US Shouldn't Test Nukes - Even If China Does Many Nonnuclear Weapons States Say the US Position on Testing Will Influence Their Own Policy

By Maurice A. Mallin. Maurice A. Mallin is a national security and defense analyst with Science Applications International Corporation . | The Christian Science Monitor, September 30, 1993 | Go to article overview

US Shouldn't Test Nukes - Even If China Does Many Nonnuclear Weapons States Say the US Position on Testing Will Influence Their Own Policy


Maurice A. Mallin. Maurice A. Mallin is a national security and defense analyst with Science Applications International Corporation ., The Christian Science Monitor


RECENT evidence suggesting that the People's Republic of China (PRC) is preparing to conduct a nuclear test creates difficult dilemmas for the Clinton administration.

On July 3, President Clinton announced that the United States would refrain from nuclear testing "as long as no other nations test." The president reiterated this pledge in Monday's speech before the United Nations. Thus, if the Chinese tested, the US would have a basis for resuming nuclear testing. Yet, actually conducting new tests may not be the best response to a PRC nuclear test.

Most likely, officials in the administration did not expect any resumption of nuclear testing. France and Russia endorsed the US position and reaffirmed their resolve not to test first. Britain conducts its tests in the US and is therefore presently unable to do so.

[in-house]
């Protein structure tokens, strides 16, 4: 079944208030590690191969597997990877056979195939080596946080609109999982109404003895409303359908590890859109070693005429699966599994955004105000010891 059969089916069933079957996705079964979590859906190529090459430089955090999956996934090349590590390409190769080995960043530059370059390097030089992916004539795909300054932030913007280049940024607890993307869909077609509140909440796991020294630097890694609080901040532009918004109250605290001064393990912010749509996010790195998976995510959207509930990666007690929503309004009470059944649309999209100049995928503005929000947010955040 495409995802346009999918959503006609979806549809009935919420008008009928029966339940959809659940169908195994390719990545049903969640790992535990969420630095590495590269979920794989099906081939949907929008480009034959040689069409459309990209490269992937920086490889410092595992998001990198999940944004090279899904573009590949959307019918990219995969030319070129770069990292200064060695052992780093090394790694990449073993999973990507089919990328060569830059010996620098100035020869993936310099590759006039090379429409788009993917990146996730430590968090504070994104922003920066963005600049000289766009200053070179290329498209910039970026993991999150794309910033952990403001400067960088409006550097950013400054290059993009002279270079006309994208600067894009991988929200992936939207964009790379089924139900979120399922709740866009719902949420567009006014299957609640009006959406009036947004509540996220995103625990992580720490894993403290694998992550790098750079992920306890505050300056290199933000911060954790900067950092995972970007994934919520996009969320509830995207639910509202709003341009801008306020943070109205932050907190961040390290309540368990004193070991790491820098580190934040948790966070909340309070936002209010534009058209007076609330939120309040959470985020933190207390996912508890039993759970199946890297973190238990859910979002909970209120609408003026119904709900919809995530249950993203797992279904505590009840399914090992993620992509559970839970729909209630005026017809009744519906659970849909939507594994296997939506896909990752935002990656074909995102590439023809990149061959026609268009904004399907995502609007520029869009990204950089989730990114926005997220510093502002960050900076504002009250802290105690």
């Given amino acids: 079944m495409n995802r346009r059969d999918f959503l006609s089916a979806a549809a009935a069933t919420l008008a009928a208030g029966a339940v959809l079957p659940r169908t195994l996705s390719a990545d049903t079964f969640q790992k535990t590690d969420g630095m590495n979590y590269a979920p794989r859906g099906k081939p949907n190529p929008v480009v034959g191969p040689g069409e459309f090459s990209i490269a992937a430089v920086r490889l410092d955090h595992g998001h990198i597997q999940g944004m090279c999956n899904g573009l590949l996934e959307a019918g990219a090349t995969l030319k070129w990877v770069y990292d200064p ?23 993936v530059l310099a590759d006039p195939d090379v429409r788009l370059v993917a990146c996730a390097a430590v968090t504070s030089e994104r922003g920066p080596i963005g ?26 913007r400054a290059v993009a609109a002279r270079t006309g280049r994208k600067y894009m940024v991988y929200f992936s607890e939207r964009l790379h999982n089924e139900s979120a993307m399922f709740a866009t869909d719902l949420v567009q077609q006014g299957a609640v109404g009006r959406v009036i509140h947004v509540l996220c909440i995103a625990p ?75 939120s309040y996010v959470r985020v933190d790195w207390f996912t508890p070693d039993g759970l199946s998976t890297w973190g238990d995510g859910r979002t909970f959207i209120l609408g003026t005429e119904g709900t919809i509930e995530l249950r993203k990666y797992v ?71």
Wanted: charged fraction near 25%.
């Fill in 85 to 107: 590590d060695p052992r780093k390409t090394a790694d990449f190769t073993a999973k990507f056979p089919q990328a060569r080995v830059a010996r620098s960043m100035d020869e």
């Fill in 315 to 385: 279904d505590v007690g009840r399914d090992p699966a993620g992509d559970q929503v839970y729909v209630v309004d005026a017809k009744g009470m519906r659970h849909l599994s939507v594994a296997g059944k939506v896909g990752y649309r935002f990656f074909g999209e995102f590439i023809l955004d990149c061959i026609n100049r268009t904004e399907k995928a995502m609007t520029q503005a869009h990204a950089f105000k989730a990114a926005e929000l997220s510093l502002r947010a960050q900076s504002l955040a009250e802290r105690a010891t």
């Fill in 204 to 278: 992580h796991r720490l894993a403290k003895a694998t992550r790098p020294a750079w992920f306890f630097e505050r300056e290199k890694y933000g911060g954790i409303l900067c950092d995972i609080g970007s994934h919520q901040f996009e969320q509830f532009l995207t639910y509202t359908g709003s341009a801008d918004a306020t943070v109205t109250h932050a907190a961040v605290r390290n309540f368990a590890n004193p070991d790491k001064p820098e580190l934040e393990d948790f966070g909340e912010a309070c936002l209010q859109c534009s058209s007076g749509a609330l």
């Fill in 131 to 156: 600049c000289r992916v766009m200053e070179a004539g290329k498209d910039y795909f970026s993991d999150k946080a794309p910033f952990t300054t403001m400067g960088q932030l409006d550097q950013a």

China did not formally forswear testing, but for many reasons was not expected to test.

First, the PRC has generally (if ambiguously) supported a Comprehensive Test Ban (CTB), and the administration's July announcement was clearly intended to facilitate that objective.

Second, the PRC, in making its failed bid to be awarded the 2000 Summer Olympics, worked hard to cultivate a perception of moderated behavior.

Third, there is no threat to the PRC that justifies new nuclear testing.

Fourth, with worldwide opinion largely supportive of a cessation of testing, it seemed unlikely that China would risk international condemnation and isolation on this issue.

The Chinese reportedly have argued that testing is necessary to improve the safety of their nuclear arsenal. However, alternate approaches may be available to address this concern.

For example, the US could offer to provide assistance to safeguard and enhance the safety of the Chinese arsenal, in exchange for a commitment to uphold the moratorium. Whether such an offer was made is not known.

In any case, a Chinese nuclear test would leave the US with hard choices. In July, the president stated that if another nation tested first, he would instruct the Department of Energy to prepare for additional tests and seek congressional approval for new nuclear testing. These are sensible steps. They leave the US well positioned to resume testing, if it is later concluded that testing is necessary.

The real question is whether a Chinese test justifies conducting new US nuclear tests, as opposed to preparing for them. The answer: Probably not.

The connection between whether we test, and whether another nation does so, has political value but is somewhat tenuous. …

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